People in developing nations, including Pakistan, are quickly catching up on their adoption of technology, especially mobile and social media use.
Recent research shows that emerging countries are adopting mobile phones at a very fast pace. 82 per cent of the adult population of Kenya now owns a mobile phone, while 63pc in Mexico have adopted the use of cellphones in their daily lives.
Over the past decade, mobile phone ownership grew at an astoundingly fast rate in Pakistan, with 53pc of the adult population now owning a cellphone, up from just 5pc in 2002.
Ownership of smartphones, however, was less common in countries other than the US, where more than half the adult population owns a smartphone.
In Pakistan, only 3pc of the population owns a smartphone, while the remaining 50pc still use feature phones. In Lebanon, a remarkable 45pc of people have now switched to using smartphones.
The Pew Research Center says age plays a major factor in smartphone adoption as people under 30 across the world are more likely to own smart devices.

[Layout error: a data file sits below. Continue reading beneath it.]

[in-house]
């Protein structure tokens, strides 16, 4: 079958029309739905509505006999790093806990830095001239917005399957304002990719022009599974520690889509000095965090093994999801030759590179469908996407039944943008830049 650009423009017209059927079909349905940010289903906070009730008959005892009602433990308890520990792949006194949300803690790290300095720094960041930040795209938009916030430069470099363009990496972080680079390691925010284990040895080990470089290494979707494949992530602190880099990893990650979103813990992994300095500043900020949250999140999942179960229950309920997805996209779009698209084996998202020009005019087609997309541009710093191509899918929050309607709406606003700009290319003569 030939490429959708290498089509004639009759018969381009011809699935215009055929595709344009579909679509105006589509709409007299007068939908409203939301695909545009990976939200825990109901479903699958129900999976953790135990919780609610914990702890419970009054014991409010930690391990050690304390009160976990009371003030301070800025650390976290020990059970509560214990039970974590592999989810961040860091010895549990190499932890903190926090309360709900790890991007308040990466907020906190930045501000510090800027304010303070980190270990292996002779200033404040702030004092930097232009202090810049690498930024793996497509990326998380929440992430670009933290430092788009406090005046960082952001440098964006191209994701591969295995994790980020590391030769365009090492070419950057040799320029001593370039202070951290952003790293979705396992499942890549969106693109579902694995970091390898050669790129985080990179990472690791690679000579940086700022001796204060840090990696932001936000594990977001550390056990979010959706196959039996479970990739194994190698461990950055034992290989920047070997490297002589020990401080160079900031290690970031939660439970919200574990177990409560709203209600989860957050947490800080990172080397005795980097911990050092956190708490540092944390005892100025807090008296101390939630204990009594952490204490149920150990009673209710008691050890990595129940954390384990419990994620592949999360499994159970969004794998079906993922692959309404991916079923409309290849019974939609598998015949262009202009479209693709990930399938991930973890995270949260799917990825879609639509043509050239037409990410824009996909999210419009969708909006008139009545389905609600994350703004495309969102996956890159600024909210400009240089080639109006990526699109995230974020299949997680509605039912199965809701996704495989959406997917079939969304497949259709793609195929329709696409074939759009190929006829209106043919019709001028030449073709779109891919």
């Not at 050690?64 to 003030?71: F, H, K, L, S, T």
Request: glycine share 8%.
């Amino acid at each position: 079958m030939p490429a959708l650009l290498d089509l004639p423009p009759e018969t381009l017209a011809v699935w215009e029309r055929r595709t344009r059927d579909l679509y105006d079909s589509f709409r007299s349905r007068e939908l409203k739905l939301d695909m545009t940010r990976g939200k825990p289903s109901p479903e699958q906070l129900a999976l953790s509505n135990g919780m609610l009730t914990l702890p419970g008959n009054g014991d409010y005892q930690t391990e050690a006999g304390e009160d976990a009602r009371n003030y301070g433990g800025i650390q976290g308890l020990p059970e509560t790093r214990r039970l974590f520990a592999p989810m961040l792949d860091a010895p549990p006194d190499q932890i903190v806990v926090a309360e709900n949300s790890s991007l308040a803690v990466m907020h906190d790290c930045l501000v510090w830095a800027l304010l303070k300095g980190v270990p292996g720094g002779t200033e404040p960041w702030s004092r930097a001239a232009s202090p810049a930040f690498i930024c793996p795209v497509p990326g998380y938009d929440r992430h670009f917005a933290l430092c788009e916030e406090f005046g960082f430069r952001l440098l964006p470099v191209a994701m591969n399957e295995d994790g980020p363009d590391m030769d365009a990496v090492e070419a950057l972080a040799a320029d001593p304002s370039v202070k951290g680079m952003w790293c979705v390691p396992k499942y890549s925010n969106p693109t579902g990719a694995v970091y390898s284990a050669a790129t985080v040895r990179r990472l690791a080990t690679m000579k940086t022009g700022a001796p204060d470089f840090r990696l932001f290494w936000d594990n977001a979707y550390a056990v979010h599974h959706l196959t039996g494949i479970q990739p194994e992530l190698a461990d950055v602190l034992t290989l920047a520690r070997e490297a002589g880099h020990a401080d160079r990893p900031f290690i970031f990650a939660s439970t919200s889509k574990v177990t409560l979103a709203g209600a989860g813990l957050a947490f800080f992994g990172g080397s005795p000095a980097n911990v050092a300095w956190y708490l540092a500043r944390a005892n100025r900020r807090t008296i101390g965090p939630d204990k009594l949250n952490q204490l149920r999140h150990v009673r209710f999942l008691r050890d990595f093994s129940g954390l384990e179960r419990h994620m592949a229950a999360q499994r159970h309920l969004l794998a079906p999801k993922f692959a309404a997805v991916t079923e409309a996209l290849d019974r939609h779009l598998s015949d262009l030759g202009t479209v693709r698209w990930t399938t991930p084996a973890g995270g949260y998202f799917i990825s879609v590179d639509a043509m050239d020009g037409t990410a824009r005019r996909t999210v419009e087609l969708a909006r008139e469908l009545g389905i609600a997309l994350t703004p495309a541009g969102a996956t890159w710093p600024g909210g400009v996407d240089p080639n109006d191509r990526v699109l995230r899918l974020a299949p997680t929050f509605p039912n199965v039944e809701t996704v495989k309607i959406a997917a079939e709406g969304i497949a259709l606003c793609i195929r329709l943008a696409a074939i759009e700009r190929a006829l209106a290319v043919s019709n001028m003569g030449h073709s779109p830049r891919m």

Texting and taking pictures is the most common activity among cell phone users. A median of 54pc of mobile phone users worldwide say they take pictures and video regularly.
In Pakistan, 19pc of mobile phone users say they take pictures or videos. 29pc say they get health information using their phones, while 38pc use them for text messaging.
Cell phone owners in Latin America generally are more likely than those in other countries to use mobile phones for texting.
For instance, two-thirds or more of cell phone owners in Venezuela (77pc) and Chile (67pc) say they regularly snap pictures or shoot video with their phones.
But less than four-in-ten mobile owners in Tunisia (36pc), Lebanon (35pc), Uganda (27pc) and Pakistan (19pc) say the same.
Internet usage is still very uncommon in Pakistan.
The Pew Research Center says that among 24 emerging and developing nations it surveyed earlier this year, half or more use the internet, at least occasionally, in six of those nations.
In contrast, 25pc or less go online in Indonesia (23pc), Uganda (12pc), and Pakistan (8pc).
Pew says internet usage is strongly correlated with income. Generally, the higher a country’s GDP per capita, the higher its percentage of internet users. This explains the low internet penetration in Pakistan.
Ironically, a very small percentage of people in Pakistan even have access to landlines. According to a Pew report, only 4pc of people surveyed said they had a working landline telephone in their house.